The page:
There’s a possibly unwritten rule that tech professionals should replace their gear about every two years.
Hard drives (the spinny kind) are really only good for about 5 years, then they start to fail for various reasons. That’s an average based on general use, and i’ve found it to be true. Newer, solid state drives, probably ought to be replaced more often, but it really depends on how much info you write to them.
Likewise thanks to Moore’s Law, CPUs and graphics cards tend to get faster and more efficient with time. Well, generally, at least.
My home workstation is a 4 core 2.5GHz box with 12GB of memory, about 3TB of storage and dual monitors. It’s about 6 years old, and runs off a 250W power supply.
Recently, i spec’d out a replacement machine (which generally involves replacing everything) for about $2500 which was a 4 core 3.0GHz box with 16GB of memory. i’d move most of the storage over.
i’m not sure it’s worth upgrading.
For a significant cost, i’ll see a performance enhancement of about 17%. i’ll also have a box that uses more electricity (since the newer CPU and graphics cards will draw a lot more watts than my current rig does).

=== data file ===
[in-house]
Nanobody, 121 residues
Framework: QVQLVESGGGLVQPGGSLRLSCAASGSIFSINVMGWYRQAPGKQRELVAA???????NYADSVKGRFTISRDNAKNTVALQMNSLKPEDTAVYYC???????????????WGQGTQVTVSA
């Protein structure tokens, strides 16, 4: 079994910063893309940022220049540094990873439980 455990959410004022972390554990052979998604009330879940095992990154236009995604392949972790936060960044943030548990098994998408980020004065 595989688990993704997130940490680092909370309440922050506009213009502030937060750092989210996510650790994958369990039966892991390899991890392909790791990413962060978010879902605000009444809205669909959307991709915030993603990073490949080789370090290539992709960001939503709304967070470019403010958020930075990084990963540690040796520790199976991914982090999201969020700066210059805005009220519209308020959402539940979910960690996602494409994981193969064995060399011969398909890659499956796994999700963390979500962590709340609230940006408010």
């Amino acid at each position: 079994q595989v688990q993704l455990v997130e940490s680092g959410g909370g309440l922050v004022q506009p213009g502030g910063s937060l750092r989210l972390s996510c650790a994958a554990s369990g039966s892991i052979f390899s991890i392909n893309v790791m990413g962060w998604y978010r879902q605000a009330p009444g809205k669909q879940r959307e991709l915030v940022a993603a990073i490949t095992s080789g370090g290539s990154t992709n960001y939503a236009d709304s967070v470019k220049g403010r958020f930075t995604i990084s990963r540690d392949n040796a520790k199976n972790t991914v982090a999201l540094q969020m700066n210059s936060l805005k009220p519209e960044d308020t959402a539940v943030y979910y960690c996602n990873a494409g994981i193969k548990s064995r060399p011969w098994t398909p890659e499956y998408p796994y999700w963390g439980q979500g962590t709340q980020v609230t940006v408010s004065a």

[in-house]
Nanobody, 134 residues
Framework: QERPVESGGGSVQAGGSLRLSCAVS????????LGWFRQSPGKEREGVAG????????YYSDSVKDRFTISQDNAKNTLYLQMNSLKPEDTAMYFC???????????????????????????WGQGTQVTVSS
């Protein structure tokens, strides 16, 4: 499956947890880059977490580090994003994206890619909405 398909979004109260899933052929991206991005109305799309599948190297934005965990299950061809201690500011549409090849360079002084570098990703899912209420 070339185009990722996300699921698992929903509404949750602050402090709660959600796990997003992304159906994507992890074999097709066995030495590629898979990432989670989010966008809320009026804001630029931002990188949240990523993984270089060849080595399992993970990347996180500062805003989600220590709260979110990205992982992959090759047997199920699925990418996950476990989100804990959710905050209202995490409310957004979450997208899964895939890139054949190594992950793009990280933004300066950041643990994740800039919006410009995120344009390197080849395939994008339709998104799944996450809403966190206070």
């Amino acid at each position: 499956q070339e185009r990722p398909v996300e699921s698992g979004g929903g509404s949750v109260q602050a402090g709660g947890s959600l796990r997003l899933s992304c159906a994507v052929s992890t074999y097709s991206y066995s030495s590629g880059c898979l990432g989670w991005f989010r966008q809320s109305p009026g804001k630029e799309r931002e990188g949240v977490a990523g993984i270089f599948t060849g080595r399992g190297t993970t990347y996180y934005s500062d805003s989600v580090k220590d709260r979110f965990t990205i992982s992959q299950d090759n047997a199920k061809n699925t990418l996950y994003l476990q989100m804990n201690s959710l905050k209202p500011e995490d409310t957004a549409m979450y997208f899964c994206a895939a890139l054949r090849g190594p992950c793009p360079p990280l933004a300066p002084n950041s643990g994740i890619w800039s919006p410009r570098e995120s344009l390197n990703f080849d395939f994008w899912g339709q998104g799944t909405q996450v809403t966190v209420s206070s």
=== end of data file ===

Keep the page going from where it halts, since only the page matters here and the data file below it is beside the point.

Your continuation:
Yeah, so i won’t be able to play the latest 4K rendered shooter in near photo-realistic chicken blasting detail. i also don’t need a car that can do 200MPh at the Nuremberg ring, either.
i’m not quite sure i know how to feel about this. i may swap out the graphics card in my box, but that will probably come with replacing the monitors with something better than the pair of 21″ 1900×1200 i’ve got now, that i still need glasses to read. There’s really no reason to change them out.
Granted, i run linux at home because that’s what i generally tend to work in, and support for the newest, most lunatic graphics cards tends to be… iffy… at best. i suppose it’s a lovely way to keep me from building some insane rig so i can play Beat Hazard Ultra, but that’s my call.
Am i getting old or has the return on Moore’s Law not really kept pace?